Places We Protect

East Creek Natural Area


is a great spot for canoeing.
East Creek Natural Area is a great spot for canoeing. © TNC

Nesting waterfowl like the American bittern find a haven in the marshes along East Creek.



This small creek does big things. Lower East Creek is a slow-moving, nutrient-rich stream that flows into Lake Champlain and serves as the lifeline for 800 acres of wetlands. The creek drains 21,000 acres of surrounding land. The East Creek marsh, located near the mouth of the stream, contains one of the largest stands of narrow-leaved cattail in the state, and it's a haven for nesting waterfowl like the American bittern and the common moorhen. At the confluence of the main creek and the north fork, there is a prime example of the floodplain forests that once dominated riparian areas in the Lake Champlain Valley.

What TNC is Doing

East Creek includes a large area of high quality marshland that serves as important habitat for waterfowl and many species of fish. TNC is working to protect multiple ecological targets at this site including the deepwater marsh and lakeside floodplain forest. 




Includes a large area of high quality marshland that serves as important habitat for waterfowl and many species of fish. 


524 acres

Explore our work in this region

The best access to the natural area is via canoe from Lake Champlain. The canoe trip on the lake to and from the creek can be difficult, especially if there are boat wakes on the lake or if the wind is up, but once you're in the creek, it gets easier.

The East Creek Natural Area is located near the state's 398-acre East Creek Wildlife Management Area. It's also adjacent to the Mount Independence State Historic Site. Please read our Preserve Visitation Guidelines.

What to See: Plants

The narrow-leaved cattail marsh at the mouth of the creek provides crucial feeding and nesting habitat for many marsh birds. Arrowhead (also known as duck potato because ducks and muskrats eat its starchy tubers), pickerelweed, and wild rice are also common aquatic plants in the marsh. You can see the purple spiky flowers of the pickerelweed blooming in mass profusion along the creek much of the summer. Other common aquatic or semi-aquatic plants found here include: burreed, pondweed, duckweed, bladderwort, yellow pond lily, coontail, water plantain and scented white water lily.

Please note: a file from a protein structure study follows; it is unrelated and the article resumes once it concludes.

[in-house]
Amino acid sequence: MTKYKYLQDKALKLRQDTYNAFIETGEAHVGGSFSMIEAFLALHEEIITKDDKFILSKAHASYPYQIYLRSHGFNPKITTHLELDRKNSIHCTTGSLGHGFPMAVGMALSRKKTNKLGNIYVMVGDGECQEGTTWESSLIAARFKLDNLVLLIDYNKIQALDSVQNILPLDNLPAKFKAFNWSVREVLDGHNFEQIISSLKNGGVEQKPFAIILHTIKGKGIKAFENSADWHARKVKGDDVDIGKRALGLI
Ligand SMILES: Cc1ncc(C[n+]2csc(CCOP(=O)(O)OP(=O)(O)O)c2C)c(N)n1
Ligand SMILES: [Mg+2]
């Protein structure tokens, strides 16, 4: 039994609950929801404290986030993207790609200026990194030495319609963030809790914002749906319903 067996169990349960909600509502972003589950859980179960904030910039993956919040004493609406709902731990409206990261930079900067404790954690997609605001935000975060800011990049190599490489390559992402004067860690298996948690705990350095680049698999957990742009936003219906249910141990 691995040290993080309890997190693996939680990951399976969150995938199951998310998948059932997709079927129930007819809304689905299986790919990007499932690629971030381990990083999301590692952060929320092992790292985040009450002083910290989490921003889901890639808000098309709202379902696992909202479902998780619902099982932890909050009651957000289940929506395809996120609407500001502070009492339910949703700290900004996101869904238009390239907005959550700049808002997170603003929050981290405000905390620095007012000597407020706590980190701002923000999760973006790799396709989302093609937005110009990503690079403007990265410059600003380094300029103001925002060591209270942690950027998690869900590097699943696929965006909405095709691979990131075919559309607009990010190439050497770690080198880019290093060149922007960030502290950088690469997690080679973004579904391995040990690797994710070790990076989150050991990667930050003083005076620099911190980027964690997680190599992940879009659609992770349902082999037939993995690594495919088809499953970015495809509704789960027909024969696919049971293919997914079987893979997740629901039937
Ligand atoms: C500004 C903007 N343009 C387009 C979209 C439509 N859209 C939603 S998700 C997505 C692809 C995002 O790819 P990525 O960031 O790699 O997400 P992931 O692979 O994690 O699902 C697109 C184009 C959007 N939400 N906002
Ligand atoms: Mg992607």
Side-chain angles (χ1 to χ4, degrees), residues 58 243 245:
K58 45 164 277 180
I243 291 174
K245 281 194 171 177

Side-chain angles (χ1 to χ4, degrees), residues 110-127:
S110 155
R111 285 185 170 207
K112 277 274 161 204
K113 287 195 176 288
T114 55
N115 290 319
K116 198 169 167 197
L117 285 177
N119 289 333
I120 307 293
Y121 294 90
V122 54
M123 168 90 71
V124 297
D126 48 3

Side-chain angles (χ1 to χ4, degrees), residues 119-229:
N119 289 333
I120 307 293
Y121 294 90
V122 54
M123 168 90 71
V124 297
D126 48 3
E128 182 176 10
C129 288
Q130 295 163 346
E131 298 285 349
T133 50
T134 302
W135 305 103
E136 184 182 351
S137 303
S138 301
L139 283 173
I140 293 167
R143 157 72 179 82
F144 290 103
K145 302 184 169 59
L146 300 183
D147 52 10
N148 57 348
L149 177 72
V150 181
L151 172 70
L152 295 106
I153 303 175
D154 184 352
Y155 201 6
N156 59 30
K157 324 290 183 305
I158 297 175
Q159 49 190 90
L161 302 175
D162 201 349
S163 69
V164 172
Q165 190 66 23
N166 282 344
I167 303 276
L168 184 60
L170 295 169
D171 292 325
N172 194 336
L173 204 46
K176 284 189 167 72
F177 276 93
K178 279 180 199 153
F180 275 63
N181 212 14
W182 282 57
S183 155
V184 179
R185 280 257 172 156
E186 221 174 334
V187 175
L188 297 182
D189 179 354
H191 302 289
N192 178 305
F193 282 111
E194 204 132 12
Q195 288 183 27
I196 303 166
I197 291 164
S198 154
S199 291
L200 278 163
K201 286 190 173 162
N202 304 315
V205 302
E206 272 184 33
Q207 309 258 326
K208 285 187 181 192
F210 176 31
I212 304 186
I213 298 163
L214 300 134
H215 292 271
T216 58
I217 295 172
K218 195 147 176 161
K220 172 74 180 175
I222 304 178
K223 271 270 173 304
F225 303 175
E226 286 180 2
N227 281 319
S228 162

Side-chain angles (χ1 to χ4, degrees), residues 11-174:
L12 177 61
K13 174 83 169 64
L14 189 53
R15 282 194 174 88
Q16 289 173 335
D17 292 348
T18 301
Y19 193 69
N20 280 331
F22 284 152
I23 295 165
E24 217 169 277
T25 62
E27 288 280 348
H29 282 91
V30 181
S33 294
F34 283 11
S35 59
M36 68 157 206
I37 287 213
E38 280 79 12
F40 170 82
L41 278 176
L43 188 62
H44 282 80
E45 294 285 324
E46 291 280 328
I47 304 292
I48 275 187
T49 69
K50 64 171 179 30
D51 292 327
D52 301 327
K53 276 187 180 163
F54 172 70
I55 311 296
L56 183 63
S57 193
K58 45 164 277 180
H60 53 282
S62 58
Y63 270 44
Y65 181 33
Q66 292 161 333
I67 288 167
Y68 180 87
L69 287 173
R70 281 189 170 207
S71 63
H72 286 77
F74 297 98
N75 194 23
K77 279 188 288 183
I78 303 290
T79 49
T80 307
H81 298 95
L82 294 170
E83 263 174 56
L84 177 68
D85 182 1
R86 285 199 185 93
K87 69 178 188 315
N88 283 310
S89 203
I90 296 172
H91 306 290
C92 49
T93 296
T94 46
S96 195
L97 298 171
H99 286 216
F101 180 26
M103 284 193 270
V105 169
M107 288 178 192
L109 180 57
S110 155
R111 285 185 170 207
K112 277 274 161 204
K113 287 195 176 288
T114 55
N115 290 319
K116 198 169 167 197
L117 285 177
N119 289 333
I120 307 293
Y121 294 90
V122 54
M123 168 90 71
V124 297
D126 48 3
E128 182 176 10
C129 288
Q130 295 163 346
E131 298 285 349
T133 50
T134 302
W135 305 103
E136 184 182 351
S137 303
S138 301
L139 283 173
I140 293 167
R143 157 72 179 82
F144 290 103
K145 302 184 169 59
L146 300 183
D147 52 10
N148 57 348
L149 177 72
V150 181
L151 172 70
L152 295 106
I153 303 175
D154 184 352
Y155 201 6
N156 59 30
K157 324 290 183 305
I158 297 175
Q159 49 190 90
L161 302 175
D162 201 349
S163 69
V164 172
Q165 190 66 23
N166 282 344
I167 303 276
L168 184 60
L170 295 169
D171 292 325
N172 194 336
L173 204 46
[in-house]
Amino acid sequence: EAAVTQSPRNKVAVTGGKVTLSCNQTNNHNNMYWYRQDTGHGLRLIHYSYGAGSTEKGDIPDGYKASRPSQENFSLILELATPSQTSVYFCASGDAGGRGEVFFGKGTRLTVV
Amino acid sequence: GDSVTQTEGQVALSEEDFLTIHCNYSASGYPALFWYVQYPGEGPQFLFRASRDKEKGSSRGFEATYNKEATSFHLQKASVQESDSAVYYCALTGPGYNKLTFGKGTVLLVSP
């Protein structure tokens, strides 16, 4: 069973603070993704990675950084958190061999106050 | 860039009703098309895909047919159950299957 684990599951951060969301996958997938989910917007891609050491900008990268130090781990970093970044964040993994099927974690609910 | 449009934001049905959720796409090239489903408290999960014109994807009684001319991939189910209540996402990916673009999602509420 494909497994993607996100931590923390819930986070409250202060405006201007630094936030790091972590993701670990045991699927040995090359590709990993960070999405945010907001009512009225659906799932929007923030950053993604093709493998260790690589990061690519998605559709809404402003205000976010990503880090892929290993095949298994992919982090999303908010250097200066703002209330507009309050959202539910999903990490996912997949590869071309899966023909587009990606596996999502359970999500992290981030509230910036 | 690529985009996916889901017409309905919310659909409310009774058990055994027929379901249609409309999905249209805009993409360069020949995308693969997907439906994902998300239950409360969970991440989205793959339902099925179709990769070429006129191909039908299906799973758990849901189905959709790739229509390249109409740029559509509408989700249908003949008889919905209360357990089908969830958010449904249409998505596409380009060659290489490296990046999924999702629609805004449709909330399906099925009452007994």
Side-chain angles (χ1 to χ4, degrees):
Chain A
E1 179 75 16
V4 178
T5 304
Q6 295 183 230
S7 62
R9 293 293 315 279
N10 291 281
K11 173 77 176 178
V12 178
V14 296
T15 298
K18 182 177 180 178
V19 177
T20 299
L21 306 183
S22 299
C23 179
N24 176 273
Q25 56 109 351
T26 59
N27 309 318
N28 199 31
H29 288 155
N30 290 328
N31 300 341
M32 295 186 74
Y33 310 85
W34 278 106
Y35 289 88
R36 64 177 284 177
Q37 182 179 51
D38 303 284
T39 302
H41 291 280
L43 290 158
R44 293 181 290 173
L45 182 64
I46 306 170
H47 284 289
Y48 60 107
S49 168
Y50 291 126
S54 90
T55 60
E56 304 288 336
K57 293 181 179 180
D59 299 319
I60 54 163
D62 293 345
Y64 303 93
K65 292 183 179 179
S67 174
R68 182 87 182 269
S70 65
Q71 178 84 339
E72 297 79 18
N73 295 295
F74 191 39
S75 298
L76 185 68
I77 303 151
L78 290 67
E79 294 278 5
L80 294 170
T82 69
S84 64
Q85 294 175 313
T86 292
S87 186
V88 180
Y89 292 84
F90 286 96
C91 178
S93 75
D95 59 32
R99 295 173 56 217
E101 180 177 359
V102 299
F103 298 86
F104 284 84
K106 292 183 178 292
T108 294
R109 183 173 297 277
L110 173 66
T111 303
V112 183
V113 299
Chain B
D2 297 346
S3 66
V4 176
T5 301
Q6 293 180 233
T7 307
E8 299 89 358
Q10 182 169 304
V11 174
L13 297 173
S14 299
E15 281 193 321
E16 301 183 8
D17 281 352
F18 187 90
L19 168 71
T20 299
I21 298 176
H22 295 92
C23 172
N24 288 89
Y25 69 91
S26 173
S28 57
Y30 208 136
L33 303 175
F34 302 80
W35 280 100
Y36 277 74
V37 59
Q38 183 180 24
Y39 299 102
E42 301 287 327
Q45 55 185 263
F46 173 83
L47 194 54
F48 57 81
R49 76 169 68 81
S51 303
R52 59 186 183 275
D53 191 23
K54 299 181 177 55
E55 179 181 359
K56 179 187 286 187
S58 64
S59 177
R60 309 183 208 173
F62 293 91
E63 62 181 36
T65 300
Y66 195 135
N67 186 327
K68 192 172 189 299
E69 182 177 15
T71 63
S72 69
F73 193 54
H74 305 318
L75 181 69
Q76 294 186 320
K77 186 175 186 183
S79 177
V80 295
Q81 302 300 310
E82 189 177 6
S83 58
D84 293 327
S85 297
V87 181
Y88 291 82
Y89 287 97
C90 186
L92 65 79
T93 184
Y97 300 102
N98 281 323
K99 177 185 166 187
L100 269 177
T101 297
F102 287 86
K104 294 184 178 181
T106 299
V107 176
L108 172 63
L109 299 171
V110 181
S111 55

What to See: Animals

Many water birds nest and feed along the creek, especially in the marsh area: American bittern, the common moorhen, Virginia rail, least bittern, marsh wren and swamp sparrow have been sighted here. Predatory birds like osprey, marsh hawks, and bald eagles, though rare, occasionally soar above the creek in search of a meal. Other common birds seen here include the tree swallow, mourning dove, kestrel, common crow, gray catbird, American goldfinch, killdeer, white-breasted nuthatch, eastern kingbird and cedar waxwing.

Muskrats build houses out of the narrow-leaved cattails along the upper portions of the creek and mink cruise the banks for food. Other mammals like coyotes, bobcats, white tailed deer and shrews inhabit the uplands.

Painted turtles often sun themselves on shore. Their cousins, the snapping turtles, probe the depths of the creek and prey on unsuspecting ducklings. The northern water snake thrives in the south fork of the creek.

Fish are abundant in East Creek, and it is a favorite local fishing hole. When water levels are high in the spring, longnose gar spawn in the creek. Many fish species live here, including the blackchin shiner, bridle shiner, golden shiner, bullhead, rock bass, chub and yellow perch.